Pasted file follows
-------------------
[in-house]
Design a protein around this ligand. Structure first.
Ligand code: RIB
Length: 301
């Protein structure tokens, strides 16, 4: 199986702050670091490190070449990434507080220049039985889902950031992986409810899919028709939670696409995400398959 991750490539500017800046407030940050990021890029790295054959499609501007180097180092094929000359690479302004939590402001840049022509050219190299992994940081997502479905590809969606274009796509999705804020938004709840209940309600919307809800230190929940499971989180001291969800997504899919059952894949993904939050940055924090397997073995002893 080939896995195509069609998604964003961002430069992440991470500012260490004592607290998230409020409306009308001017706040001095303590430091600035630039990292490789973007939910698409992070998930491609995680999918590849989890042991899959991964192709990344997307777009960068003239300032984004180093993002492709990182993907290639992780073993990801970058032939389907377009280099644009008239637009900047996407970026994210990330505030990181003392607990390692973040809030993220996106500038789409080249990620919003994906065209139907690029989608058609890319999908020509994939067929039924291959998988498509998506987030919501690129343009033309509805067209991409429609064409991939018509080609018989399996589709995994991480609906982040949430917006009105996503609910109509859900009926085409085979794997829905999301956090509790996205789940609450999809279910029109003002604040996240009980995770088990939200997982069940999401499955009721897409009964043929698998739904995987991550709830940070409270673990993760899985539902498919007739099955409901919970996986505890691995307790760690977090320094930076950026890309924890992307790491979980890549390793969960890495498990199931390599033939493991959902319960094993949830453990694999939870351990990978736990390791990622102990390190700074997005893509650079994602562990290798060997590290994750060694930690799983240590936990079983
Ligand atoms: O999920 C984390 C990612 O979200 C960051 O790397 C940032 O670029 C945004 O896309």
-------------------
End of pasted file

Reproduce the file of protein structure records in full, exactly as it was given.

[in-house]
Design a protein around this ligand. Structure first.
Ligand code: RIB
Length: 301
């Protein structure tokens, strides 16, 4: 199986702050670091490190070449990434507080220049039985889902950031992986409810899919028709939670696409995400398959 991750490539500017800046407030940050990021890029790295054959499609501007180097180092094929000359690479302004939590402001840049022509050219190299992994940081997502479905590809969606274009796509999705804020938004709840209940309600919307809800230190929940499971989180001291969800997504899919059952894949993904939050940055924090397997073995002893 080939896995195509069609998604964003961002430069992440991470500012260490004592607290998230409020409306009308001017706040001095303590430091600035630039990292490789973007939910698409992070998930491609995680999918590849989890042991899959991964192709990344997307777009960068003239300032984004180093993002492709990182993907290639992780073993990801970058032939389907377009280099644009008239637009900047996407970026994210990330505030990181003392607990390692973040809030993220996106500038789409080249990620919003994906065209139907690029989608058609890319999908020509994939067929039924291959998988498509998506987030919501690129343009033309509805067209991409429609064409991939018509080609018989399996589709995994991480609906982040949430917006009105996503609910109509859900009926085409085979794997829905999301956090509790996205789940609450999809279910029109003002604040996240009980995770088990939200997982069940999401499955009721897409009964043929698998739904995987991550709830940070409270673990993760899985539902498919007739099955409901919970996986505890691995307790760690977090320094930076950026890309924890992307790491979980890549390793969960890495498990199931390599033939493991959902319960094993949830453990694999939870351990990978736990390791990622102990390190700074997005893509650079994602562990290798060997590290994750060694930690799983240590936990079983
Ligand atoms: O999920 C984390 C990612 O979200 C960051 O790397 C940032 O670029 C945004 O896309």